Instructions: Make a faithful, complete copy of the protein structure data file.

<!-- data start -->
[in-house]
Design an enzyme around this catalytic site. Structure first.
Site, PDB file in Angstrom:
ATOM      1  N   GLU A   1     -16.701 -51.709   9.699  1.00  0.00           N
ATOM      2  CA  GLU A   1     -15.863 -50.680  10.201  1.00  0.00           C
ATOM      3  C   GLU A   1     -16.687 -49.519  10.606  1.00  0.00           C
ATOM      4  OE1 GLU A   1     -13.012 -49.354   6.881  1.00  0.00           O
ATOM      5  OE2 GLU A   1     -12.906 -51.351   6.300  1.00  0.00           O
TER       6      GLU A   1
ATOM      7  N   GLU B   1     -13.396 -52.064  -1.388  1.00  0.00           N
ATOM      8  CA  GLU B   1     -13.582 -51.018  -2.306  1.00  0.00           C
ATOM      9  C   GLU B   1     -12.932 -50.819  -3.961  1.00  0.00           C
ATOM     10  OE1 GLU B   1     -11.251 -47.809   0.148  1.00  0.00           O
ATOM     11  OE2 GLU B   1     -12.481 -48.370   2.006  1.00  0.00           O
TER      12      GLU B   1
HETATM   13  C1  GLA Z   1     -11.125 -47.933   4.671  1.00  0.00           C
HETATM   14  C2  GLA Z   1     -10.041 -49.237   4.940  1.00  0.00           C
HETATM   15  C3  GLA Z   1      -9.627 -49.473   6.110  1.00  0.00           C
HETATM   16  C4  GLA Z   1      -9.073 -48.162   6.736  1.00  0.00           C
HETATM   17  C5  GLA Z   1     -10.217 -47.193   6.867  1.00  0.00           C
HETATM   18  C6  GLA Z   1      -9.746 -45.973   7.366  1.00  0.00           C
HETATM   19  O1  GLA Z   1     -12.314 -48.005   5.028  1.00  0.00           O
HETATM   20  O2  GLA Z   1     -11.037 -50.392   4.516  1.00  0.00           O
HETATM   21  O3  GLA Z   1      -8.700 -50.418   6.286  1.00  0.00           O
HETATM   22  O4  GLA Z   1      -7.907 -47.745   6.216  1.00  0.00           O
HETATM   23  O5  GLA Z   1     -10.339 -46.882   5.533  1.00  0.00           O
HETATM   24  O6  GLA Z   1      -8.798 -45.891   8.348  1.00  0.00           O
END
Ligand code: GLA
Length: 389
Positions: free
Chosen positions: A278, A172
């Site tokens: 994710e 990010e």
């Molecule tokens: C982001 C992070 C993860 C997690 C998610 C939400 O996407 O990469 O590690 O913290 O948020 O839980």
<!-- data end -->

[in-house]
Design an enzyme around this catalytic site. Structure first.
Site, PDB file in Angstrom:
ATOM      1  N   GLU A   1     -16.701 -51.709   9.699  1.00  0.00           N
ATOM      2  CA  GLU A   1     -15.863 -50.680  10.201  1.00  0.00           C
ATOM      3  C   GLU A   1     -16.687 -49.519  10.606  1.00  0.00           C
ATOM      4  OE1 GLU A   1     -13.012 -49.354   6.881  1.00  0.00           O
ATOM      5  OE2 GLU A   1     -12.906 -51.351   6.300  1.00  0.00           O
TER       6      GLU A   1
ATOM      7  N   GLU B   1     -13.396 -52.064  -1.388  1.00  0.00           N
ATOM      8  CA  GLU B   1     -13.582 -51.018  -2.306  1.00  0.00           C
ATOM      9  C   GLU B   1     -12.932 -50.819  -3.961  1.00  0.00           C
ATOM     10  OE1 GLU B   1     -11.251 -47.809   0.148  1.00  0.00           O
ATOM     11  OE2 GLU B   1     -12.481 -48.370   2.006  1.00  0.00           O
TER      12      GLU B   1
HETATM   13  C1  GLA Z   1     -11.125 -47.933   4.671  1.00  0.00           C
HETATM   14  C2  GLA Z   1     -10.041 -49.237   4.940  1.00  0.00           C
HETATM   15  C3  GLA Z   1      -9.627 -49.473   6.110  1.00  0.00           C
HETATM   16  C4  GLA Z   1      -9.073 -48.162   6.736  1.00  0.00           C
HETATM   17  C5  GLA Z   1     -10.217 -47.193   6.867  1.00  0.00           C
HETATM   18  C6  GLA Z   1      -9.746 -45.973   7.366  1.00  0.00           C
HETATM   19  O1  GLA Z   1     -12.314 -48.005   5.028  1.00  0.00           O
HETATM   20  O2  GLA Z   1     -11.037 -50.392   4.516  1.00  0.00           O
HETATM   21  O3  GLA Z   1      -8.700 -50.418   6.286  1.00  0.00           O
HETATM   22  O4  GLA Z   1      -7.907 -47.745   6.216  1.00  0.00           O
HETATM   23  O5  GLA Z   1     -10.339 -46.882   5.533  1.00  0.00           O
HETATM   24  O6  GLA Z   1      -8.798 -45.891   8.348  1.00  0.00           O
END
Ligand code: GLA
Length: 389
Positions: free
Chosen positions: A278, A172
């Site tokens: 994710e 990010e």
């Molecule tokens: C982001 C992070 C993860 C997690 C998610 C939400 O996407 O990469 O590690 O913290 O948020 O839980």